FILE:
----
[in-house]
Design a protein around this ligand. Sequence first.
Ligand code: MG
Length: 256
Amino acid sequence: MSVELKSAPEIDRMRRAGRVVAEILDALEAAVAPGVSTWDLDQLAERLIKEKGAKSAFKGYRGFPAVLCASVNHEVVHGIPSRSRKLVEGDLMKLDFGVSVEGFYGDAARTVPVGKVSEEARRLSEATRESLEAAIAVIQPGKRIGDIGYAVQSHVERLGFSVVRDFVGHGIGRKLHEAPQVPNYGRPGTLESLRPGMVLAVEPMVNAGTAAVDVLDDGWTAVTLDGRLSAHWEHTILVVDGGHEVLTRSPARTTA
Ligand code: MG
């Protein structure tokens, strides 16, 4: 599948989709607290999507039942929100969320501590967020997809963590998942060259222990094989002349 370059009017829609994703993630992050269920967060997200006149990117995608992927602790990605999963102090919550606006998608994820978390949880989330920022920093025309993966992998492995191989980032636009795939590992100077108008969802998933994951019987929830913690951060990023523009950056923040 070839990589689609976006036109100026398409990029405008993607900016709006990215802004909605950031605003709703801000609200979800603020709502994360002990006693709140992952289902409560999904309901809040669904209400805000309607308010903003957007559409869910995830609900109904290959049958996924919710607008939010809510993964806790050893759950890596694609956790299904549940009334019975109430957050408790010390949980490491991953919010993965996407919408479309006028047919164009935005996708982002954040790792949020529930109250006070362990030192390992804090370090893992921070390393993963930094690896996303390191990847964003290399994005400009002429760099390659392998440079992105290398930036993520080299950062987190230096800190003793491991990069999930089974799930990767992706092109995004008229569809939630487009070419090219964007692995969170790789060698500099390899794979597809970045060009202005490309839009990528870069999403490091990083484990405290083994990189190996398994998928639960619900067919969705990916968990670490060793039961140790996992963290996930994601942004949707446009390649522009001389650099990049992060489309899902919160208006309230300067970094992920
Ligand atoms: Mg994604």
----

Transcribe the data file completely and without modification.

[in-house]
Design a protein around this ligand. Sequence first.
Ligand code: MG
Length: 256
Amino acid sequence: MSVELKSAPEIDRMRRAGRVVAEILDALEAAVAPGVSTWDLDQLAERLIKEKGAKSAFKGYRGFPAVLCASVNHEVVHGIPSRSRKLVEGDLMKLDFGVSVEGFYGDAARTVPVGKVSEEARRLSEATRESLEAAIAVIQPGKRIGDIGYAVQSHVERLGFSVVRDFVGHGIGRKLHEAPQVPNYGRPGTLESLRPGMVLAVEPMVNAGTAAVDVLDDGWTAVTLDGRLSAHWEHTILVVDGGHEVLTRSPARTTA
Ligand code: MG
């Protein structure tokens, strides 16, 4: 599948989709607290999507039942929100969320501590967020997809963590998942060259222990094989002349 370059009017829609994703993630992050269920967060997200006149990117995608992927602790990605999963102090919550606006998608994820978390949880989330920022920093025309993966992998492995191989980032636009795939590992100077108008969802998933994951019987929830913690951060990023523009950056923040 070839990589689609976006036109100026398409990029405008993607900016709006990215802004909605950031605003709703801000609200979800603020709502994360002990006693709140992952289902409560999904309901809040669904209400805000309607308010903003957007559409869910995830609900109904290959049958996924919710607008939010809510993964806790050893759950890596694609956790299904549940009334019975109430957050408790010390949980490491991953919010993965996407919408479309006028047919164009935005996708982002954040790792949020529930109250006070362990030192390992804090370090893992921070390393993963930094690896996303390191990847964003290399994005400009002429760099390659392998440079992105290398930036993520080299950062987190230096800190003793491991990069999930089974799930990767992706092109995004008229569809939630487009070419090219964007692995969170790789060698500099390899794979597809970045060009202005490309839009990528870069999403490091990083484990405290083994990189190996398994998928639960619900067919969705990916968990670490060793039961140790996992963290996930994601942004949707446009390649522009001389650099990049992060489309899902919160208006309230300067970094992920
Ligand atoms: Mg994604």